This new study represents the first time the American Astronomical Society (AAS) published astronomy visualizations in augmented reality. Now, scientists and the public can interact with the visualization of the sphere-shaped cavity and its surrounding molecular clouds. After scanning a QR cold in the paper using their smartphone, they can access the universe at their fingertips. This helps not only scientists but the public better understand how stars form.

“You can literally make the universe float over your kitchen table,” says Harvard professor and CfA astronomer Alyssa Goodman. She’s a co-author on both studies and founder of glue, the data visualization software used to create the 3D maps.

Goodman refers to the latest research as examples of the “paper of the future.” She says the 3D visualizations in the studies pave the way for greater interactivity and replication of science. AAS committed to these standards in 2015 in a pledge to modernize publications in our technological age. Since many people learn better with visualizations, it may help deepen the public’s understanding of space.

“We need richer records of scientific discovery,” Goodman says. “And current scholarly papers could be doing much better. All of the data in these papers are available online — on Harvard’s Dataverse — so that anyone can build on our results.”

Goodman hopes that future scientific papers will frequently include audio, video, and augmented reality features. This will make it easier to explain scientific discoveries in layman’s terms for the general public.

She added, “It’s 3D visualizations like these that can help both scientists and the public understand what’s happening in space and the powerful effects of supernovae.”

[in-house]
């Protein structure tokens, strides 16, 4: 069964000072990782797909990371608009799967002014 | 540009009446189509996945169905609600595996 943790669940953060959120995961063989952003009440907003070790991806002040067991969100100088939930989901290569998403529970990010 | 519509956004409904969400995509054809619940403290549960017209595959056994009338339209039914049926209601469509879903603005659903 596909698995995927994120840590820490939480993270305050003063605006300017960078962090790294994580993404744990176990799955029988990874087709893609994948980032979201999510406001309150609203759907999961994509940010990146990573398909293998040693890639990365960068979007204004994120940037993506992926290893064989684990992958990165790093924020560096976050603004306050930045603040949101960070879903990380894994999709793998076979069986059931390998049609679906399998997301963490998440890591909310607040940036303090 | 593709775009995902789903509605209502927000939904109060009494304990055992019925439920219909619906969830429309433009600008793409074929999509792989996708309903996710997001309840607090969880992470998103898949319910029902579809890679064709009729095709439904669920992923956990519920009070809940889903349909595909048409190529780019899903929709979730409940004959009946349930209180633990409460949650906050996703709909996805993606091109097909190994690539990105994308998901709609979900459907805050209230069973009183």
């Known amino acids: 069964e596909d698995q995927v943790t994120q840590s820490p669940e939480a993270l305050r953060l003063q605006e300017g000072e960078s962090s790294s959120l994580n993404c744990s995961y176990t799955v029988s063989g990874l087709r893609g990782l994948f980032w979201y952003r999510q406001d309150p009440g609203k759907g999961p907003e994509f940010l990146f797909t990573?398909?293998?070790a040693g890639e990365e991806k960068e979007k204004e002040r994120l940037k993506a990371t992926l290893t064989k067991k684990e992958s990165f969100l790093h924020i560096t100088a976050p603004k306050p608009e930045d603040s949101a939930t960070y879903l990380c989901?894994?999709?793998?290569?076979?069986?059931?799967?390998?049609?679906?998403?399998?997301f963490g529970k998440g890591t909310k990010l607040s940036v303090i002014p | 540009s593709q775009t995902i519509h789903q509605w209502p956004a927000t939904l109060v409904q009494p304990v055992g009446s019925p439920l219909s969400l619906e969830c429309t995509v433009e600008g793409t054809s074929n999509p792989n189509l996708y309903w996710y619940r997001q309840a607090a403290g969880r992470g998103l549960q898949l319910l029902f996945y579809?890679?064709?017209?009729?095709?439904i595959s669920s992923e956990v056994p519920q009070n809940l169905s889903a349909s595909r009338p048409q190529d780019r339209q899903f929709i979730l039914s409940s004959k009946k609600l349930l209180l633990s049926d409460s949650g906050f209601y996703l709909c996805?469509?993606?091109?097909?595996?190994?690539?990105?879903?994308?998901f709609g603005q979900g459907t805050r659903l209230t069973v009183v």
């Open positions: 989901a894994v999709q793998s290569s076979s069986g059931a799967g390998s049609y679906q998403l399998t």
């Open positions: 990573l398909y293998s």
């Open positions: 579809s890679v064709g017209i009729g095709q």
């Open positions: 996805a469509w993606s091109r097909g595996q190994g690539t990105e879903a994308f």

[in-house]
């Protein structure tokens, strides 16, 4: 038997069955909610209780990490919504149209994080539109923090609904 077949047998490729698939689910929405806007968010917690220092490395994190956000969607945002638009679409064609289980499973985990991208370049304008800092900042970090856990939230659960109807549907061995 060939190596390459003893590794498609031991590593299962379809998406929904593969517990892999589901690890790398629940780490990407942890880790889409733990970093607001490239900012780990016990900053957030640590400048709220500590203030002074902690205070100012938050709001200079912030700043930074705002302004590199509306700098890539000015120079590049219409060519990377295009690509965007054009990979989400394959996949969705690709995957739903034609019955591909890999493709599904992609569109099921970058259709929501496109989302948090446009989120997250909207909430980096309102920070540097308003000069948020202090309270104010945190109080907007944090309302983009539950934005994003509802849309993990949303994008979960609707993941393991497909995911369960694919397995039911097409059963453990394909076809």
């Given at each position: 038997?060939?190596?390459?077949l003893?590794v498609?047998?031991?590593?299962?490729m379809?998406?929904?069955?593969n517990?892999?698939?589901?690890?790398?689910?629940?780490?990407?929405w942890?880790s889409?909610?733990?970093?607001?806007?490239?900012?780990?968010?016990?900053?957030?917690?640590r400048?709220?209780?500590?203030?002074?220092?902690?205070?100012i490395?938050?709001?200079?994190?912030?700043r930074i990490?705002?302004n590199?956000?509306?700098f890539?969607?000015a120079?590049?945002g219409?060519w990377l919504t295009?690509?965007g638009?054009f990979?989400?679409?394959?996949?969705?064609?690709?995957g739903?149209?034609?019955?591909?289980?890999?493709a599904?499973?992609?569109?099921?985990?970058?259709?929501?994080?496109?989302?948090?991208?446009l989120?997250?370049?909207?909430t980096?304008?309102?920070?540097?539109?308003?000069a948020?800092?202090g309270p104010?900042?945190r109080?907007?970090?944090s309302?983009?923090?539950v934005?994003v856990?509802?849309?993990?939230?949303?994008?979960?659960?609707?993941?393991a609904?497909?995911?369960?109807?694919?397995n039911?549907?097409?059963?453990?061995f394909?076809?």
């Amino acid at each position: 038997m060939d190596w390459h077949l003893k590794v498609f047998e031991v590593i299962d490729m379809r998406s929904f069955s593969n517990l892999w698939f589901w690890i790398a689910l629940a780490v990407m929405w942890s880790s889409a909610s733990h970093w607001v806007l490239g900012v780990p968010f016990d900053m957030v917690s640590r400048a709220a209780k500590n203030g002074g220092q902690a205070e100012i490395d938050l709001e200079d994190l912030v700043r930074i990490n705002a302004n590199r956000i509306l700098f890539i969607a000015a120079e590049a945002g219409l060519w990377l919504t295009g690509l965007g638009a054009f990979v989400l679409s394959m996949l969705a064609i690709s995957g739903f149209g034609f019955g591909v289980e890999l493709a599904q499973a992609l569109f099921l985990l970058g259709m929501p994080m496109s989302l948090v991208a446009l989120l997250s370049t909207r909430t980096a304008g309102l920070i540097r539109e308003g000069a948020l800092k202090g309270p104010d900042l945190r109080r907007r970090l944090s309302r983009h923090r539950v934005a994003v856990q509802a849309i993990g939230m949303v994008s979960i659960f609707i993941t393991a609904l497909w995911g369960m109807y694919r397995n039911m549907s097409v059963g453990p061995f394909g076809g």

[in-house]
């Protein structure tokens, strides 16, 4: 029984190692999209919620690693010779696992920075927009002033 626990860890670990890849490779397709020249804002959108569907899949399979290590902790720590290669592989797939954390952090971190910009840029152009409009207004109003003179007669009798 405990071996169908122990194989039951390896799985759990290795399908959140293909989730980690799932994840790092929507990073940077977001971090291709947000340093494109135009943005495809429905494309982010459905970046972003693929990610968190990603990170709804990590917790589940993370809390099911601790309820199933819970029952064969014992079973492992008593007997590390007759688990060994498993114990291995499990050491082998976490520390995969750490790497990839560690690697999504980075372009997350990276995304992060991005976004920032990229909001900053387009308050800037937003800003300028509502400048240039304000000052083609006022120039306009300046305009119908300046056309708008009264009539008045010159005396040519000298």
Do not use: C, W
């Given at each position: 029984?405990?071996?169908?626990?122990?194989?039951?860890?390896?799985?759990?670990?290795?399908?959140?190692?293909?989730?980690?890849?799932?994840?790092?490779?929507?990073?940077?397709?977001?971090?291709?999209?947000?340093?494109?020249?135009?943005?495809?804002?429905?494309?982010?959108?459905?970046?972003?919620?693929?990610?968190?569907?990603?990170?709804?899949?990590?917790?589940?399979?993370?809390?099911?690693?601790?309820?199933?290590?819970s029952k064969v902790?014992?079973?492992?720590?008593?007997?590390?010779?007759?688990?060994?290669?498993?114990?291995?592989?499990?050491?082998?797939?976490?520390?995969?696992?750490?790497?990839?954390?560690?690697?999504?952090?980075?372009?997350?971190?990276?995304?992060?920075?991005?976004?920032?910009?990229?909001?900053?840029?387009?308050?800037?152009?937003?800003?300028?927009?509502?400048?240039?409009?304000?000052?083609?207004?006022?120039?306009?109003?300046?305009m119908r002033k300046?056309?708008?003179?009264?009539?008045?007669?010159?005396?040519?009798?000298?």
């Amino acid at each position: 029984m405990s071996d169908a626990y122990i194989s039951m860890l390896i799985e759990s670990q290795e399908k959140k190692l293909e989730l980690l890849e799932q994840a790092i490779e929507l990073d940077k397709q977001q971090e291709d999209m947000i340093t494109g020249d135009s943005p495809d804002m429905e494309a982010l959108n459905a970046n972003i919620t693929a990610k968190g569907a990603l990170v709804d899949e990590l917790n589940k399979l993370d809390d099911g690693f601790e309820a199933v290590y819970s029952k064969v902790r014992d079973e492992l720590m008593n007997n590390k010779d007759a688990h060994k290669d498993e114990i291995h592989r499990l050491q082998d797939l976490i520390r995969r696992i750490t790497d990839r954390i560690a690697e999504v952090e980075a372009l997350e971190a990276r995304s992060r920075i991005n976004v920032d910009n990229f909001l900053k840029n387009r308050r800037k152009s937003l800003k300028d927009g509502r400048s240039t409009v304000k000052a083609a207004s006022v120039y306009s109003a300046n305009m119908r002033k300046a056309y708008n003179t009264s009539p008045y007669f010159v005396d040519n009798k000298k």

Other interesting findings from the study

  1. Taurus and Perseus: The Taurus and Perseus molecular clouds are about 500 and 100 lightyears, respectively, away from the Sun. They sit at the front and back sides of the Per-Tau Shell (the sphere-shaped cavity).
  2. Tau Ring: Researchers found a prominent ring structure in the Taurus molecular cloud called the “Tau Ring.” After analyzing the 3D maps, they discovered that the near side of the Tau Ring connects with the main body of Taurus at a distance of roughly 500 lightyears (150pc). The farthest part extends to a distance of about 220pc or nearly 720 lightyears.
  3. The Fictitious Connection: A filament seems to connect Taurus to Perseus. However, scientists found that it’s only a coincidental projection effect that makes this connection appear natural. Instead, the filament is located at the distance of Taurus and doesn’t physically connect to Perseus.

how stars form
Final thoughts on Harvard Astronomers Gaining aBetter Idea of How Stars Form

Harvard astronomers recently discovered a vast sphere-shaped cavity among the Perseus and Taurus constellations. The hole spans about 150 parsecs, or nearly 500 lightyears, according to the research. Scientists believe that an exploding supernova 10 million years ago created the mysterious “bubble” in space.

They used 3D maps for the first time to gain more insight into the molecular clouds and how stars form. The team hopes that most studies will include 3D representations of data and other augmented reality features in the future.